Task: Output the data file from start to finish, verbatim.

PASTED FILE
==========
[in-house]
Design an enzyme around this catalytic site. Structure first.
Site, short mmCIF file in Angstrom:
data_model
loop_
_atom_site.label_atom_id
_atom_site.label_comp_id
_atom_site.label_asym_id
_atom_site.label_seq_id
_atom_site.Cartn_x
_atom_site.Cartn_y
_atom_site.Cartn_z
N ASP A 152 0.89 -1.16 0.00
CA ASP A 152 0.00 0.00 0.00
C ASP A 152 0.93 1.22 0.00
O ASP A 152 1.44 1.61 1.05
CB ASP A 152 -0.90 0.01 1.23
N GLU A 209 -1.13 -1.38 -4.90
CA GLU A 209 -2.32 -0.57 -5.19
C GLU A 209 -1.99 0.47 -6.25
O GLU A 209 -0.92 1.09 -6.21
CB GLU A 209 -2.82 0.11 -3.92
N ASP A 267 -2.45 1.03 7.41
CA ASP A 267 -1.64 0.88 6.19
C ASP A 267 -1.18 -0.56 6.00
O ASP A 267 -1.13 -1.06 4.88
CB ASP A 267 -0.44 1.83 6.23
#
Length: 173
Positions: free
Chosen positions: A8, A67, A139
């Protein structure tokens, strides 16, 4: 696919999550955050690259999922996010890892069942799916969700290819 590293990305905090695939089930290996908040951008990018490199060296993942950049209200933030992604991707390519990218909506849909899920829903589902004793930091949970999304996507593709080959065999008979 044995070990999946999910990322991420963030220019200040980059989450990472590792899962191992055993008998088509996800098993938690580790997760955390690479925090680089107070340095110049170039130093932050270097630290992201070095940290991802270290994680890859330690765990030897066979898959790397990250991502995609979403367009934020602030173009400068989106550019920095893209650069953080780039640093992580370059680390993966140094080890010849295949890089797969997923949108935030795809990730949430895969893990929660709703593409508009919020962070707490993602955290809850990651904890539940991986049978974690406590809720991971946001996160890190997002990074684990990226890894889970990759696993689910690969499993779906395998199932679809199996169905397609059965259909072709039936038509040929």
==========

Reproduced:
[in-house]
Design an enzyme around this catalytic site. Structure first.
Site, short mmCIF file in Angstrom:
data_model
loop_
_atom_site.label_atom_id
_atom_site.label_comp_id
_atom_site.label_asym_id
_atom_site.label_seq_id
_atom_site.Cartn_x
_atom_site.Cartn_y
_atom_site.Cartn_z
N ASP A 152 0.89 -1.16 0.00
CA ASP A 152 0.00 0.00 0.00
C ASP A 152 0.93 1.22 0.00
O ASP A 152 1.44 1.61 1.05
CB ASP A 152 -0.90 0.01 1.23
N GLU A 209 -1.13 -1.38 -4.90
CA GLU A 209 -2.32 -0.57 -5.19
C GLU A 209 -1.99 0.47 -6.25
O GLU A 209 -0.92 1.09 -6.21
CB GLU A 209 -2.82 0.11 -3.92
N ASP A 267 -2.45 1.03 7.41
CA ASP A 267 -1.64 0.88 6.19
C ASP A 267 -1.18 -0.56 6.00
O ASP A 267 -1.13 -1.06 4.88
CB ASP A 267 -0.44 1.83 6.23
#
Length: 173
Positions: free
Chosen positions: A8, A67, A139
């Protein structure tokens, strides 16, 4: 696919999550955050690259999922996010890892069942799916969700290819 590293990305905090695939089930290996908040951008990018490199060296993942950049209200933030992604991707390519990218909506849909899920829903589902004793930091949970999304996507593709080959065999008979 044995070990999946999910990322991420963030220019200040980059989450990472590792899962191992055993008998088509996800098993938690580790997760955390690479925090680089107070340095110049170039130093932050270097630290992201070095940290991802270290994680890859330690765990030897066979898959790397990250991502995609979403367009934020602030173009400068989106550019920095893209650069953080780039640093992580370059680390993966140094080890010849295949890089797969997923949108935030795809990730949430895969893990929660709703593409508009919020962070707490993602955290809850990651904890539940991986049978974690406590809720991971946001996160890190997002990074684990990226890894889970990759696993689910690969499993779906395998199932679809199996169905397609059965259909072709039936038509040929």